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April 21, 2021
By Marin P. Allen, Ph.D., former NIH Deputy Associate Director of Communications and Public Liaison and Director of Public Information
Matching images to text is a process that aims to empower the intended audience using understandable, usable information and visuals.
If you are engaged in creating, approving, or sharing health materials with journalists and the public, your success can depend on your choice of the elements in your visualizations. An incorrect match of an image to text can fail to communicate what you intend. The product may be unclear, misleading, inaccurate, not culturally engaging, not understandable, or not appropriate to the environment or knowledge of the intended audience.
The following suggestions may be helpful to you as you work to inform, explain, or persuade an audience to take specific action (wear a mask or avoid gathering in groups). Your team may be small (you and one designer) or complex (many departments and programs within an agency or a university, laboratory, news organization, or company). Together, your goal is to orchestrate the marriage of images (drawings, illustrations, charts, maps, or animations) and text (or voice-over in video) to achieve a desired outcome.
First, the Content
If you are the writer or content manager, you may want to borrow from the late James C. McCroskey. He suggested that selection, apportionment, and arrangement are key factors in communication. These principles apply to both text and visualization:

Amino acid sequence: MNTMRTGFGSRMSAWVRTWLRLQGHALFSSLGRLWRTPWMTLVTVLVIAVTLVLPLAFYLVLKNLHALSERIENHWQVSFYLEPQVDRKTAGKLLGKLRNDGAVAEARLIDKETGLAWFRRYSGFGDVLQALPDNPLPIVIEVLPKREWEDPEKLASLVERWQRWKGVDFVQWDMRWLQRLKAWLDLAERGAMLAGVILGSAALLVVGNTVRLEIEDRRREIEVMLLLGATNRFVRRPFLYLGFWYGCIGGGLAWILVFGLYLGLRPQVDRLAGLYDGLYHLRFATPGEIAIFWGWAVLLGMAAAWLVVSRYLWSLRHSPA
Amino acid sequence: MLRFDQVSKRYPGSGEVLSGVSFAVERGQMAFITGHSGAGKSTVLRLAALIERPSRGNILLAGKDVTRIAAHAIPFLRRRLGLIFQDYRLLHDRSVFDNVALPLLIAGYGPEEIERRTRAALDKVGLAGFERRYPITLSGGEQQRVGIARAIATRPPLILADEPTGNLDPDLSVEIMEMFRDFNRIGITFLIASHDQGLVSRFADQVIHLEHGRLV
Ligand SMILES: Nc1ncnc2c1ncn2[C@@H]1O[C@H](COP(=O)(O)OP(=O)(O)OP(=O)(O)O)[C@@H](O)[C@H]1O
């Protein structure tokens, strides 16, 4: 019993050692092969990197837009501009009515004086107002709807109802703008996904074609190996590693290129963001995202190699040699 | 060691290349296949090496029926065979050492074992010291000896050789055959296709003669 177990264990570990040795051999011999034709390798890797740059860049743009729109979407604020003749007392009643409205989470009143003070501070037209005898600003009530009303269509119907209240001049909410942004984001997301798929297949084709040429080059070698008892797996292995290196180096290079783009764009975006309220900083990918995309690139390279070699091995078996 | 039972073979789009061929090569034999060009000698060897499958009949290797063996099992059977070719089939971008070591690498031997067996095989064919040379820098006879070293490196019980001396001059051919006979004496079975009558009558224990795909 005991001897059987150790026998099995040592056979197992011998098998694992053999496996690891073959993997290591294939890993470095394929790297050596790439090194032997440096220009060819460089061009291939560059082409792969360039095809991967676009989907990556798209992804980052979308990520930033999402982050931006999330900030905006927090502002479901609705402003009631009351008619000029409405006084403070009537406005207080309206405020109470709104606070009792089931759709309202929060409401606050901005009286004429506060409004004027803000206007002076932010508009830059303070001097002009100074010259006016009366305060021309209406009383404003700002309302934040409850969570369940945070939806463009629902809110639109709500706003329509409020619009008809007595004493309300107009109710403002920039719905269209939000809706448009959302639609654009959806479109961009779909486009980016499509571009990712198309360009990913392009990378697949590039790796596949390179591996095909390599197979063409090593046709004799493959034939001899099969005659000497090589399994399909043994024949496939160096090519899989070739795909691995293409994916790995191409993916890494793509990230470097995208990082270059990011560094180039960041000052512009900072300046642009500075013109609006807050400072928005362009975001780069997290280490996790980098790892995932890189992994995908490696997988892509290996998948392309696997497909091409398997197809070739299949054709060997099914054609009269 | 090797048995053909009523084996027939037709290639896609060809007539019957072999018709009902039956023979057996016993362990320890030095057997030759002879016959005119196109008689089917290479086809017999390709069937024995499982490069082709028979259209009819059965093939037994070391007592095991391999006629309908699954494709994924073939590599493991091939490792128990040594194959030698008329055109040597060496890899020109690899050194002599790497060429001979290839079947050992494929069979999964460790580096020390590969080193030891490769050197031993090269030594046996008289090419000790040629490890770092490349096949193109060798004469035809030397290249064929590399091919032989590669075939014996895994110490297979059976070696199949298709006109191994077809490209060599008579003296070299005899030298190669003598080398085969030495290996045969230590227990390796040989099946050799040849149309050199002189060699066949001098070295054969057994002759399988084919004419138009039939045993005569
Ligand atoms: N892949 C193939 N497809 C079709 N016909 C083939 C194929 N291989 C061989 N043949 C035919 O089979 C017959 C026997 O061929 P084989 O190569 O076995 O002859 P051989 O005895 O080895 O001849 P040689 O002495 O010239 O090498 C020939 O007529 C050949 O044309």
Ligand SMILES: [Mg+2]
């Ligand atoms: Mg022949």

- Selection. The first job you have is to decide what is “in” or what is “out.” What is necessary for each audience? What is your credible source for the information? How does it compare with other sources? What are you providing that is different and for whom?
- Apportionment. Keep in mind that there is a link between how much space (print, text) or time (video, animation) is taken up and the perception of importance. How much space or time are you devoting to each concept or principle?
- Arrangement. The order or pattern of your message can help your audience(s) understand interrelationships and significance. Make sure the order you use to present the content is correct and clear. Numbers often create mental hierarchies, where bullets tend to show similar importance or equivalence. When creating data charts and displays, think about the audience first to decide what they need to know and how to show it.
Share the Language of Design
If you are not the designer, know the fundamental tools your design team uses. You can help them see your vision by using common terminology and accurately using the elements of design and design principles.
Elements of design include point, line, shape form, space, color, and texture. For example, color choices should not be made because of personal preferences; they should be informed by the goal of the project. If your images are going on the web, it’s important to check if they comply with the usability and accessibility standards for the general public and for people with disabilities.
Design principles include balance, contrast, direction, economy, emphasis (or dominance), proportion, rhythm, and unity. Gestalt is a measure of the full impact of an image or produced piece.
It can help to ask your design team to summarize the needs of the content team or writers, to tell you what they heard.
Engage the Audience
Clear communication has the tone of a shared process that makes information available in a useful, timely, memorable, and accurate way. Consider what your product communicates to your audience and what it communicates about your attitude toward them. Does it seem like you are sharing important information with another human or that you are giving the audience a command?